Why Robert McCrum is wrong (partly)

Riffing on Diana Athill and her memoir published age 91, he says that ‘Old people, in general, don't have literary careers.’

Well yes and no. He then points out some of the exceptions: Daniel Defoe first published aged 59. Mary Wesley first published aged 71. William Golding banging out novels aged 78. And he goes on to say ‘That's how most writers begin to attract attention - as new young voices with something original to say. Poets, especially.’

Oh please! Like mathematicians, you ain’t got it unless you got it young, right?

Wrong. What the publishing world likes is new young voices – like new flavours of ice-cream: they are easy to sell. What it isn’t so keen on is classic flavours, because everybody knows about them already. Publishers like splashes, and the younger and more personable the writer, the bigger the splash. That has nothing to do with career length, or quality.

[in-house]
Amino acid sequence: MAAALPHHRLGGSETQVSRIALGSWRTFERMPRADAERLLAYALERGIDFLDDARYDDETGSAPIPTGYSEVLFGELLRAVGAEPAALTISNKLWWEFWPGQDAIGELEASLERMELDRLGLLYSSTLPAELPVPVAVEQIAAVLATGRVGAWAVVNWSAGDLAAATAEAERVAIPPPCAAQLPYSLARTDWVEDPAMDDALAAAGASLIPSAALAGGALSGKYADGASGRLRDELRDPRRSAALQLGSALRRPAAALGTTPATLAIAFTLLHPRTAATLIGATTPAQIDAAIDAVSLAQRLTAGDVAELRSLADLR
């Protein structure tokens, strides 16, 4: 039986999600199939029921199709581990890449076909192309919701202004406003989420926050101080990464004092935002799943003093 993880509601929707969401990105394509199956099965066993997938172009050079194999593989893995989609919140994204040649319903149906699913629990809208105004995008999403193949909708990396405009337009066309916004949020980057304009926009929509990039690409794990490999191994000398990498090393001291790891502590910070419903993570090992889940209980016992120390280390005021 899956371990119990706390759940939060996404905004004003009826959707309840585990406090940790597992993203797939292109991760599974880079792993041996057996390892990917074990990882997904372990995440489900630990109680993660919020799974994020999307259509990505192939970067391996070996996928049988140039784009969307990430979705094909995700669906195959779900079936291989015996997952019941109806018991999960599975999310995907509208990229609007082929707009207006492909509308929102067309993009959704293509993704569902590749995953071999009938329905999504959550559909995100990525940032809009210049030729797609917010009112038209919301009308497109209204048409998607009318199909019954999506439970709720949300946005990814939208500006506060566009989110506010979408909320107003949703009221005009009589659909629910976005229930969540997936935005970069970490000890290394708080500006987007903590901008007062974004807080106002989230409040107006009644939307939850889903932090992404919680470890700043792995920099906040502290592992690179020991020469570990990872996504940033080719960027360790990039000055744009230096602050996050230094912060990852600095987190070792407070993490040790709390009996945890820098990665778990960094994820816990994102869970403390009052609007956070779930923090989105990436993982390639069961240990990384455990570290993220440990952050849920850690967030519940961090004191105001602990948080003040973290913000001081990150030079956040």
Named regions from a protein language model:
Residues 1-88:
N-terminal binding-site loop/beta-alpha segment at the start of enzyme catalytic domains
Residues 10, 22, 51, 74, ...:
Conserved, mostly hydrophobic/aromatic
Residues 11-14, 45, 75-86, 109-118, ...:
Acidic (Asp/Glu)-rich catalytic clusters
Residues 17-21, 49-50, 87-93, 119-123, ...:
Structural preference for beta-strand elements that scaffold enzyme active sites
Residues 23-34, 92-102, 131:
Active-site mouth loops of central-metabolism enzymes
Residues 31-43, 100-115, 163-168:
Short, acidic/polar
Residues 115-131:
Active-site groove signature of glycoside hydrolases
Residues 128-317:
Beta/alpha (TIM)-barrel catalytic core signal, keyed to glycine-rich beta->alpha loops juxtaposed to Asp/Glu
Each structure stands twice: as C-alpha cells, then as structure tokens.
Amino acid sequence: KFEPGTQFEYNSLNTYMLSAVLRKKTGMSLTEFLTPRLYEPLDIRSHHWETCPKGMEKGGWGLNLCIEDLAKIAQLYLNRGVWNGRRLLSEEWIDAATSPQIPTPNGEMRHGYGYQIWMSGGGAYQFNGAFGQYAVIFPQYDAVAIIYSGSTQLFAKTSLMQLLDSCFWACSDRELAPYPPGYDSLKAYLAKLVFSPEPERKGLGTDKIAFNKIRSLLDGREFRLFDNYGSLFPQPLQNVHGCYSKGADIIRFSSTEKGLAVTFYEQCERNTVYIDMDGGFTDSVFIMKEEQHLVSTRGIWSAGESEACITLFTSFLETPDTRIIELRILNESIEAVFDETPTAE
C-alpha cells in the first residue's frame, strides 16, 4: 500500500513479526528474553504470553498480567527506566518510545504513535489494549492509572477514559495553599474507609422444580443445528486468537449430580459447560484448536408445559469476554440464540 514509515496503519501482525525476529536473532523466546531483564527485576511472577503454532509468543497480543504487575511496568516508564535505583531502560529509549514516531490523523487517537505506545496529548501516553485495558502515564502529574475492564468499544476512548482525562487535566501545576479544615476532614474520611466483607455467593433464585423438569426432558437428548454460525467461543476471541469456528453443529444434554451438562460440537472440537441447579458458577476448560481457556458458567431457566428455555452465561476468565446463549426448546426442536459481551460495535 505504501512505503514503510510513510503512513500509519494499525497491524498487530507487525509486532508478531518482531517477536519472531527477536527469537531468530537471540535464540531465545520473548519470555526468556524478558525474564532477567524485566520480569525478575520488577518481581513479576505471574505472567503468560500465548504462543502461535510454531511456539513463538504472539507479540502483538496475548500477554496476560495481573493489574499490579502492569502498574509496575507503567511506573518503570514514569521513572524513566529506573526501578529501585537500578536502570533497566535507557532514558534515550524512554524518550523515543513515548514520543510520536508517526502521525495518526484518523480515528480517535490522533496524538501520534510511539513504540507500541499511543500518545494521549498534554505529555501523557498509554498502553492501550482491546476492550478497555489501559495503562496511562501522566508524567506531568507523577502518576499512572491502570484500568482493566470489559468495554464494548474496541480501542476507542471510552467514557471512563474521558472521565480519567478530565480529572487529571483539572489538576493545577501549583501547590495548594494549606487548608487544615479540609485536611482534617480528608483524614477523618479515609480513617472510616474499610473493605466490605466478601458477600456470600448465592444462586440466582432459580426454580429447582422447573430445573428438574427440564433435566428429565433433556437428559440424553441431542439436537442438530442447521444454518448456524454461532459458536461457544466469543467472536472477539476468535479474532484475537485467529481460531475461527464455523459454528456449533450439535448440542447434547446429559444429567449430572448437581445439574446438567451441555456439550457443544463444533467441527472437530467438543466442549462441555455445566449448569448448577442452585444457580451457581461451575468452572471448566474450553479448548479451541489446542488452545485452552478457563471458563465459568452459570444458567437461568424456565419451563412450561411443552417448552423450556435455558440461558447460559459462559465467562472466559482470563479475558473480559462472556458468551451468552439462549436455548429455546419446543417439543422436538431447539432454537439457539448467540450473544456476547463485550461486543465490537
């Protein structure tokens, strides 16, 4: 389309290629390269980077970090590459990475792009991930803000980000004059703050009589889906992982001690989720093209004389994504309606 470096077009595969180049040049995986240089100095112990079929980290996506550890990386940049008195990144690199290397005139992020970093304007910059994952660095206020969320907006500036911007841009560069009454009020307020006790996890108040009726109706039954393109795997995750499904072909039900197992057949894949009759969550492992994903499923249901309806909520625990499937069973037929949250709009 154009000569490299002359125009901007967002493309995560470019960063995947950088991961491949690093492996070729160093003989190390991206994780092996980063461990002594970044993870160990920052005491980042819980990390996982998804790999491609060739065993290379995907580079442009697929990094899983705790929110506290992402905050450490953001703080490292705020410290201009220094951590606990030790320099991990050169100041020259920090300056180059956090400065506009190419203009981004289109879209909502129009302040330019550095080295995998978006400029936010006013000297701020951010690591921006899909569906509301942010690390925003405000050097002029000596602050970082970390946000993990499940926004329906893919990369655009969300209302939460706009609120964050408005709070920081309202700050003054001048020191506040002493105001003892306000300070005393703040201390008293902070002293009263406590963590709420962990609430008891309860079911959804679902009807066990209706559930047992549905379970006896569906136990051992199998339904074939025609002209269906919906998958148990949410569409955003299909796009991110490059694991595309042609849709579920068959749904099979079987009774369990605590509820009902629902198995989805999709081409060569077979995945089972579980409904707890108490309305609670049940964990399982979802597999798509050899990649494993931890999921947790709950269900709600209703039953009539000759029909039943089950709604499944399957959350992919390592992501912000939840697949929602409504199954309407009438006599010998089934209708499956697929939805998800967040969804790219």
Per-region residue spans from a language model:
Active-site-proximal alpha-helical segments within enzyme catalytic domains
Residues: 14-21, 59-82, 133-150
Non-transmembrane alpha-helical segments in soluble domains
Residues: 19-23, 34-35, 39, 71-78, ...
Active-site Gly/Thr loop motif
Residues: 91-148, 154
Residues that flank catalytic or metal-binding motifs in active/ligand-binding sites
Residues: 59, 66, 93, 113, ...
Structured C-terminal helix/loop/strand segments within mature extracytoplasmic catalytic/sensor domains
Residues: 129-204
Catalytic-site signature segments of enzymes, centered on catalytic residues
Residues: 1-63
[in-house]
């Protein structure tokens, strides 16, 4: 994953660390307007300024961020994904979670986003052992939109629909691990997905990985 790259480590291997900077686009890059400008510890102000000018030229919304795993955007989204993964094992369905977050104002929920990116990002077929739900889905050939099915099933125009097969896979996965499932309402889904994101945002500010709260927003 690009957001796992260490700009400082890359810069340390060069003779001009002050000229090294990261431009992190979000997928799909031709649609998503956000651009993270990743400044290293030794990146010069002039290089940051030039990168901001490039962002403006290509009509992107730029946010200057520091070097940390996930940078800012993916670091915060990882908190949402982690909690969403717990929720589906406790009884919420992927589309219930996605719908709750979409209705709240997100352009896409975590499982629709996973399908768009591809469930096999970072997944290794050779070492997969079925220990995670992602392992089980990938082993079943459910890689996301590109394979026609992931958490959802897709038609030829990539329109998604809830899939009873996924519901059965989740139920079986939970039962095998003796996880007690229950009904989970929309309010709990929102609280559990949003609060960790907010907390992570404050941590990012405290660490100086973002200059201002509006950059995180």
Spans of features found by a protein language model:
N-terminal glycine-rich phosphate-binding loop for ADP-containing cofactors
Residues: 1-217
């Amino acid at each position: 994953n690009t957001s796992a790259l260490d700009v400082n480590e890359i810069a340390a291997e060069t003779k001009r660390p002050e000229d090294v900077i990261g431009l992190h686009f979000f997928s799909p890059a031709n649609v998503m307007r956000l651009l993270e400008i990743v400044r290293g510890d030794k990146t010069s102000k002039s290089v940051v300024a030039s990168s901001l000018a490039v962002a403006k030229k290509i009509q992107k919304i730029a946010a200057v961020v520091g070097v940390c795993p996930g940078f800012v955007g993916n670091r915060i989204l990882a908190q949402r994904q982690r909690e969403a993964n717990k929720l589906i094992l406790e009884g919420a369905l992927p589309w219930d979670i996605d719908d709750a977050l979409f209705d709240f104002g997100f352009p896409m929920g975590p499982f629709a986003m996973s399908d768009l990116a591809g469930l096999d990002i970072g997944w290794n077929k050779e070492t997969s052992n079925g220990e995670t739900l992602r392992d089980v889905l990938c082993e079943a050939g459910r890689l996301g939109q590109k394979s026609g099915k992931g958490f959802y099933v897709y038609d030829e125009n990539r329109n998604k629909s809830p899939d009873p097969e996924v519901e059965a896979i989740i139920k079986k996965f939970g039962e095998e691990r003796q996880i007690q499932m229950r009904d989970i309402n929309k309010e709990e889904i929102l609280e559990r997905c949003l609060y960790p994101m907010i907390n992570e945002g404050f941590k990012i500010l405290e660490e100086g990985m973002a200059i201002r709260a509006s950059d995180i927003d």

His second argument is a more interesting one – the contention that ‘most so-called literary careers … last 10 years, if you're lucky’ and his examples are fascinating ones: Jane Austen, Charles Dickens and Joseph Conrad all of whom, he says, wrote their best works in a single decade of life. As I say, it’s an interesting contention, which can really only be measured against the life-spans of classic writers. Henry James doesn’t fit in there though, neither Tolstoy nor Flaubert match that claim (although only just not).

Um … can I just say: Marquez, Borges, Llosa, Lessing, Sir John Mortimer (oh much loved and recently deceased at 85), and then, moving genres a bit: Alan Bennett? Arthur Miller? And William Trevor? And Truman Capote? And Karen Blixen?

Interesting, but not exactly robust, those arguments.

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